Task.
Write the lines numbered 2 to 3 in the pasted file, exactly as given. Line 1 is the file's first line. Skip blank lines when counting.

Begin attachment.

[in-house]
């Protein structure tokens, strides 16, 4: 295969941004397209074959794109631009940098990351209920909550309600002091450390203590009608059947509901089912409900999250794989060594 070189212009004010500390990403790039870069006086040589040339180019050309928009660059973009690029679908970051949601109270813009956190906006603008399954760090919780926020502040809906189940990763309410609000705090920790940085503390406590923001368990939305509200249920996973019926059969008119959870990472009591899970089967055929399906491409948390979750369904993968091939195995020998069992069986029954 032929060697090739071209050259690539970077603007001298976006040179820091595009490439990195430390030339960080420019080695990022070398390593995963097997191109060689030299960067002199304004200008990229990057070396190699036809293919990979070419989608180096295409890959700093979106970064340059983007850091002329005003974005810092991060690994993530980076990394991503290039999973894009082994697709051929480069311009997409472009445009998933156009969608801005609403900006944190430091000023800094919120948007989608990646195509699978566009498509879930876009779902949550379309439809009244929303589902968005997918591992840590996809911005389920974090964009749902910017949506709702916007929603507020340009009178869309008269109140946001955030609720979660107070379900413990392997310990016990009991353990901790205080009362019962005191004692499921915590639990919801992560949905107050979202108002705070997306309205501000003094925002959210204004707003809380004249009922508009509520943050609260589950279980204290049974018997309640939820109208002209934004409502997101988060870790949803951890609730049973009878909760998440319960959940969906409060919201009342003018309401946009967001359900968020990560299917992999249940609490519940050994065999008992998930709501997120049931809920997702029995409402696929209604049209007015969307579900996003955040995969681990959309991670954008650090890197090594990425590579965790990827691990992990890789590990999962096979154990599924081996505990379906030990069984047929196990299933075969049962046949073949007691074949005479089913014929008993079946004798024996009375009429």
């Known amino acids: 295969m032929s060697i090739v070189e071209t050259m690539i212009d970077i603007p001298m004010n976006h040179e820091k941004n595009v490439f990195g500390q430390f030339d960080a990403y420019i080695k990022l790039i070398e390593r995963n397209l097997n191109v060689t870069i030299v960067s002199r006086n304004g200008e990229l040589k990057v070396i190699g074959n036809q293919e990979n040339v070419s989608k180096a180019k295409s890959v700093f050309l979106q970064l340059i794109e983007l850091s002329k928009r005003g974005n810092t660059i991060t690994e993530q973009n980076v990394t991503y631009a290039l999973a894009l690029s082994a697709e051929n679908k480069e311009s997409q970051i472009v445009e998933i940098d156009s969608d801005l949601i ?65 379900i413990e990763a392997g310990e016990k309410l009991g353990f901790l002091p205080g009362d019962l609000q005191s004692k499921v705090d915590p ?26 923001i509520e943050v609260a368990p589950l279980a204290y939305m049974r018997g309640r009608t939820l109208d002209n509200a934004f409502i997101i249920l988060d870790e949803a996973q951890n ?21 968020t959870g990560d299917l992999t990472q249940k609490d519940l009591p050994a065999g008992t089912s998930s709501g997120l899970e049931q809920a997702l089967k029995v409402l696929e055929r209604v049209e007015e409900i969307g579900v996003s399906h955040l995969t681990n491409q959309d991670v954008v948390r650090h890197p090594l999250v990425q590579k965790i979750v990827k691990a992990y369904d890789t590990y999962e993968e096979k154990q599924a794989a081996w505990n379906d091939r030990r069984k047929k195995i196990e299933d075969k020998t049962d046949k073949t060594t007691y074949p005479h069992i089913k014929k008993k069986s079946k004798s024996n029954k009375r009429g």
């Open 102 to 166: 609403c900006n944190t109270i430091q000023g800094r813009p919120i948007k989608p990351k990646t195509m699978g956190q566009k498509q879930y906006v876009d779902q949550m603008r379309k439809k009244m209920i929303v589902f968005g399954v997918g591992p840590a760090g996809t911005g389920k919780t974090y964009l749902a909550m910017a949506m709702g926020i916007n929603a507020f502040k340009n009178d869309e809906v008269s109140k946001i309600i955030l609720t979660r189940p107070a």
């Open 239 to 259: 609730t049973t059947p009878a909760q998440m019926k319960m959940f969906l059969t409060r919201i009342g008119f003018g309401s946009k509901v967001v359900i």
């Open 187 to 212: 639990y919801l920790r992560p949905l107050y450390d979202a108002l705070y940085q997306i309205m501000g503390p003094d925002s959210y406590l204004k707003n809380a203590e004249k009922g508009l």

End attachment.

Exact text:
């Protein structure tokens, strides 16, 4: 295969941004397209074959794109631009940098990351209920909550309600002091450390203590009608059947509901089912409900999250794989060594 070189212009004010500390990403790039870069006086040589040339180019050309928009660059973009690029679908970051949601109270813009956190906006603008399954760090919780926020502040809906189940990763309410609000705090920790940085503390406590923001368990939305509200249920996973019926059969008119959870990472009591899970089967055929399906491409948390979750369904993968091939195995020998069992069986029954 032929060697090739071209050259690539970077603007001298976006040179820091595009490439990195430390030339960080420019080695990022070398390593995963097997191109060689030299960067002199304004200008990229990057070396190699036809293919990979070419989608180096295409890959700093979106970064340059983007850091002329005003974005810092991060690994993530980076990394991503290039999973894009082994697709051929480069311009997409472009445009998933156009969608801005609403900006944190430091000023800094919120948007989608990646195509699978566009498509879930876009779902949550379309439809009244929303589902968005997918591992840590996809911005389920974090964009749902910017949506709702916007929603507020340009009178869309008269109140946001955030609720979660107070379900413990392997310990016990009991353990901790205080009362019962005191004692499921915590639990919801992560949905107050979202108002705070997306309205501000003094925002959210204004707003809380004249009922508009509520943050609260589950279980204290049974018997309640939820109208002209934004409502997101988060870790949803951890609730049973009878909760998440319960959940969906409060919201009342003018309401946009967001359900968020990560299917992999249940609490519940050994065999008992998930709501997120049931809920997702029995409402696929209604049209007015969307579900996003955040995969681990959309991670954008650090890197090594990425590579965790990827691990992990890789590990999962096979154990599924081996505990379906030990069984047929196990299933075969049962046949073949007691074949005479089913014929008993079946004798024996009375009429």
């Known amino acids: 295969m032929s060697i090739v070189e071209t050259m690539i212009d970077i603007p001298m004010n976006h040179e820091k941004n595009v490439f990195g500390q430390f030339d960080a990403y420019i080695k990022l790039i070398e390593r995963n397209l097997n191109v060689t870069i030299v960067s002199r006086n304004g200008e990229l040589k990057v070396i190699g074959n036809q293919e990979n040339v070419s989608k180096a180019k295409s890959v700093f050309l979106q970064l340059i794109e983007l850091s002329k928009r005003g974005n810092t660059i991060t690994e993530q973009n980076v990394t991503y631009a290039l999973a894009l690029s082994a697709e051929n679908k480069e311009s997409q970051i472009v445009e998933i940098d156009s969608d801005l949601i ?65 379900i413990e990763a392997g310990e016990k309410l009991g353990f901790l002091p205080g009362d019962l609000q005191s004692k499921v705090d915590p ?26 923001i509520e943050v609260a368990p589950l279980a204290y939305m049974r018997g309640r009608t939820l109208d002209n509200a934004f409502i997101i249920l988060d870790e949803a996973q951890n ?21 968020t959870g990560d299917l992999t990472q249940k609490d519940l009591p050994a065999g008992t089912s998930s709501g997120l899970e049931q809920a997702l089967k029995v409402l696929e055929r209604v049209e007015e409900i969307g579900v996003s399906h955040l995969t681990n491409q959309d991670v954008v948390r650090h890197p090594l999250v990425q590579k965790i979750v990827k691990a992990y369904d890789t590990y999962e993968e096979k154990q599924a794989a081996w505990n379906d091939r030990r069984k047929k195995i196990e299933d075969k020998t049962d046949k073949t060594t007691y074949p005479h069992i089913k014929k008993k069986s079946k004798s024996n029954k009375r009429g």